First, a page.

Hurricanes can do a lot of damage. They can damage expensive Sukkah panels as well as precious schach mats. In light of the current trajectory of Hurricane Joaquin, the question is probably being posed throughout the east coast. May I take down my Sukkah now? Especially if my minhag is not to eat it in it on Shmini Atzeres? Of course each person should consult with his own Rav or Posaik, but here are the underlying views.
The Gemorah in Sukkah 48a actually discusses the general prohibition in taking apart a Sukkah on Chol HaMoed.Believe it or not there are four underlying issues involved here. We will briefly discuss all four of the underlying problems.
STIRAH — DESTROYING
The first issue is the prohibition of Stirah, destroying. This a prohibited malacha on Chol HaMoed. There is a debate among the Rishonim whether this prohibition is Biblical or Rabbinic. The Ran’s view is that it is indeed, biblical. Other Rishonim seem to imply that it is a Rabbini prohibition. Either way it is not considered Tzorech haMoed — the needs of the holiday.
NOT SET ASIDE FOR LOSS
This prohibition is, generally, not set aside for the loss of a Sukkah, as we see that it is not set aside out of a concern for theft (See Mogain Avrohom 540:3). There are some Poskim who write, however, that saving a Sukkah for another year is not tantamount to Stirah and disagree with the aforementioned Mogain Avrohom (See Emek Yehoshua Siman 32, by Rabbi Yehoshua Mamon, a contemporary Sephardic Posaik). Nonetheless, it would seem that the Mogain Avrohom’s view would be more authoritative for Ashkenazim.
WHEN THERE EXISTS A DANGER
A second issue is if there is a danger in leaving it up. The Shulchan Aruch (540:1) permits taking the Sukkah down if there is a danger. To apply this to our case, if the Sukkah is situated in a location where it could cause damage to the house and people in it or other passers-by, then it would seem to be permitted. This is not an issue that should be easily dismissed. A Sukkah in the front of a house or situated next to glass can be quite dangerous.
DISRESPECTING A MITZVAH
A third issue is that of Bizui HaMitzvah. The Sukkah and its parts are sanctified on this Yom Tov no different than the Korban Chagigah. Taking it apart to make it no longer a functioning Sukkah is a negation of the Sukkah and is prohibited by a number of Poskim (See Orchos Chaim 638:1 Spinka and Rav Shmuel Kamenetsky Kovetz Halachos page 135). It is a Bizayon to the Mitzvah to take it apart while the Mitzvah is still applicable. As mentioned earlier, however, a danger would allow one to do so. There is also the view of Rabbi Chaim Dovid HaLevi (Assei Lecha Rav Vol. VII #43 that a vandalized Sukkah is a Bizayon to the Mitzvah of Sukkah too. Perhaps one might wish to compare a vandalized Sukkah with a hurricane-destroyed Sukkah. Once again, though, this is the view of a Sephardic Posaik. The aforementioned Mogain Avrohom might disagree.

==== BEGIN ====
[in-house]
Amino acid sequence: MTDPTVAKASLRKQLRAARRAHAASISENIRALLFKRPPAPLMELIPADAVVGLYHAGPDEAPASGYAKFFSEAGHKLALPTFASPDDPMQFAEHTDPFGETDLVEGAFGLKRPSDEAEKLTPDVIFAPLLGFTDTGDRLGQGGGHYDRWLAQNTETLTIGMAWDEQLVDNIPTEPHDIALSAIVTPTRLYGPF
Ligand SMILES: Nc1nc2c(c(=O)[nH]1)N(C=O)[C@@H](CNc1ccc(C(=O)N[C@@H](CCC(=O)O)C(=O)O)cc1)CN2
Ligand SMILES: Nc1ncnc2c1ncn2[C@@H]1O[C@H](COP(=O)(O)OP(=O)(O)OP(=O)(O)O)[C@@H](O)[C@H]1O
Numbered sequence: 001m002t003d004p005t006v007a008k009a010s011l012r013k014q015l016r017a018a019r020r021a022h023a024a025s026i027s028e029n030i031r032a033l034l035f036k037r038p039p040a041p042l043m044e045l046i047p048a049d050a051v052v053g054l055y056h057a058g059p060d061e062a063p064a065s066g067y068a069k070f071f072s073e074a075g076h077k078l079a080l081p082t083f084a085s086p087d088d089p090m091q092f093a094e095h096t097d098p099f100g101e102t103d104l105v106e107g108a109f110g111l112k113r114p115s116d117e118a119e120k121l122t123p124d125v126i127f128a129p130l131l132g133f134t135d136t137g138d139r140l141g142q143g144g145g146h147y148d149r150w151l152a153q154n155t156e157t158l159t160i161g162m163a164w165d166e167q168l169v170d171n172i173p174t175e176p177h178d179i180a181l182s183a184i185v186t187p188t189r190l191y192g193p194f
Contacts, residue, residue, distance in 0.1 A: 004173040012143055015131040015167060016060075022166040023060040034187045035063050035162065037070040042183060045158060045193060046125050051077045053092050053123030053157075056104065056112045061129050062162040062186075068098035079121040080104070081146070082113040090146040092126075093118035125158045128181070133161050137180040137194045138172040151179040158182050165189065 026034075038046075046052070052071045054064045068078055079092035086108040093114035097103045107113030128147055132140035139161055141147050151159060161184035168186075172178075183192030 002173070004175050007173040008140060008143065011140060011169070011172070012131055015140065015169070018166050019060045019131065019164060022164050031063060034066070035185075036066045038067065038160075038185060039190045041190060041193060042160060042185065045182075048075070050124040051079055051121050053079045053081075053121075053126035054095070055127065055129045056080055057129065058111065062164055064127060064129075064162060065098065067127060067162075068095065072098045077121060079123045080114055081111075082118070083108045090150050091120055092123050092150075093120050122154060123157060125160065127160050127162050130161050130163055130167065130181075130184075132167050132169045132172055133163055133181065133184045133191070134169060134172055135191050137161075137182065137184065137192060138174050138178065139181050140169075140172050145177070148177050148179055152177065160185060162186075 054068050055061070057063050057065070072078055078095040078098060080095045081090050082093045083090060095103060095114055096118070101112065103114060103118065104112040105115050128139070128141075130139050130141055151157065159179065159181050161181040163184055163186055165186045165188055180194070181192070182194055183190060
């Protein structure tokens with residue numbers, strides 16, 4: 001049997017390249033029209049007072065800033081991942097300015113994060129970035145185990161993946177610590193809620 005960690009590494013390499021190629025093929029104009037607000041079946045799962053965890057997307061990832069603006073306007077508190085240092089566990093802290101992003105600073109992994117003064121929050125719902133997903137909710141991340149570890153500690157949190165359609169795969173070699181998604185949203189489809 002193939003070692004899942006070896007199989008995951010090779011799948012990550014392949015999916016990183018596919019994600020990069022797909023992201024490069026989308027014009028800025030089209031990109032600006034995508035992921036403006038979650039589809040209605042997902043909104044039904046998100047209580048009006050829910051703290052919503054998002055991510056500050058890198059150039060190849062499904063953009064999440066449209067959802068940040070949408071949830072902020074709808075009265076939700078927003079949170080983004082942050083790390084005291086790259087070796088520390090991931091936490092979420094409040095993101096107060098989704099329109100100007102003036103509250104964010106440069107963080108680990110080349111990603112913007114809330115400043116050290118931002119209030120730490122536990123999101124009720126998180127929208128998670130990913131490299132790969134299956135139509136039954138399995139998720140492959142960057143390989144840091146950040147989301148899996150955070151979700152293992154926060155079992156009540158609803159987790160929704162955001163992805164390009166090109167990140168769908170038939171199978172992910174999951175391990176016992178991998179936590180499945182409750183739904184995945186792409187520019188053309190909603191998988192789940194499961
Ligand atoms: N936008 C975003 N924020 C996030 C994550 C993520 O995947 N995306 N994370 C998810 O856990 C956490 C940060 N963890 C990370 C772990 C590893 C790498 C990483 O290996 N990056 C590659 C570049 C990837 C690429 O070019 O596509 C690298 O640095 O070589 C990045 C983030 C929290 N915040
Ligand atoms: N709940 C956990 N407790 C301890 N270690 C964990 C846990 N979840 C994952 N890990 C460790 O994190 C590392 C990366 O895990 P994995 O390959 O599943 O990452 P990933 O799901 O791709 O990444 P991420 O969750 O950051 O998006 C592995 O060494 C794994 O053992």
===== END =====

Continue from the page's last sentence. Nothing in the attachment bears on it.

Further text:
THE MITZVAH OF SUKKAH STILL APPLIES
A fourth issue, of course, is that there is still a Mitzvah of Sukkah — even on Shmini Atzeres, notwithstanding any Minhag otherwise. It could very well be that the weather conditions would not be bad and we would have taken apart our means of fulfilling the beautiful Mitzvah of Sukkah. What heter do we have in denying ourselves the opportunity for this Mitzvah?
Rabbi Shaul Nathanson in his Shoel UMaish (MD Vol. III #28) forbids taking it apart under all circusmtances other than danger. The Ikrei HaDat of Rav Daniel Tourney (OC 2:68), an early Acharon from Amsterdam also forbids it comparing it to ripping a Beged of Tzitzis. Rav Shmuel Kamenetsky as cited in Kovetz Halachos page 135 also seems to forbid it.
On the other hand, the Tzitz Eliezer (Volume XIII #68) permits taking it apart when there is a concern or a need to do so. Surprisingly, Rabbi Nosson Gestetner z”l in his Lehoros Nosson (Vol. VII responsum #48 and #49) also rules that it is permitted to take it apart if there is a great need, provided, of course, that one does not use any part of the Sukkah for another use.
Some Poskim try to make an inference from the Mishna Brurah in 666:1 that there is no prohibition of Stirah involved here, because he only mentions the idea of the Sukkah still being of use (fourth reason to be mentioned later). The inference, however, is not compelling.
Clearly, Sephardim may take the Sukkah down if there is a genuine concern of damage on account of the hurricane, and everyone may take it down if the Sukkah is situated in a place that could lead to danger. For Ashkenazim it is a debate among the Poskim. It is this author’s view that since it may not even be an issue in regard to the upcoming storm that one should not take the Sukkah apart prematurely unless it would be dangerous, but if someone wishes to do so, he certainly does have whom to rely upon.
Regarding a pop-up Sukkah that was put up on Chol HaMoed in the firt place — one can certainly take it down.
Of course one should consult one’s own Rav or Posaik and not necessarily rely upon what is written here.
May we all have a safe and enjoyable end of the Yom Tov.
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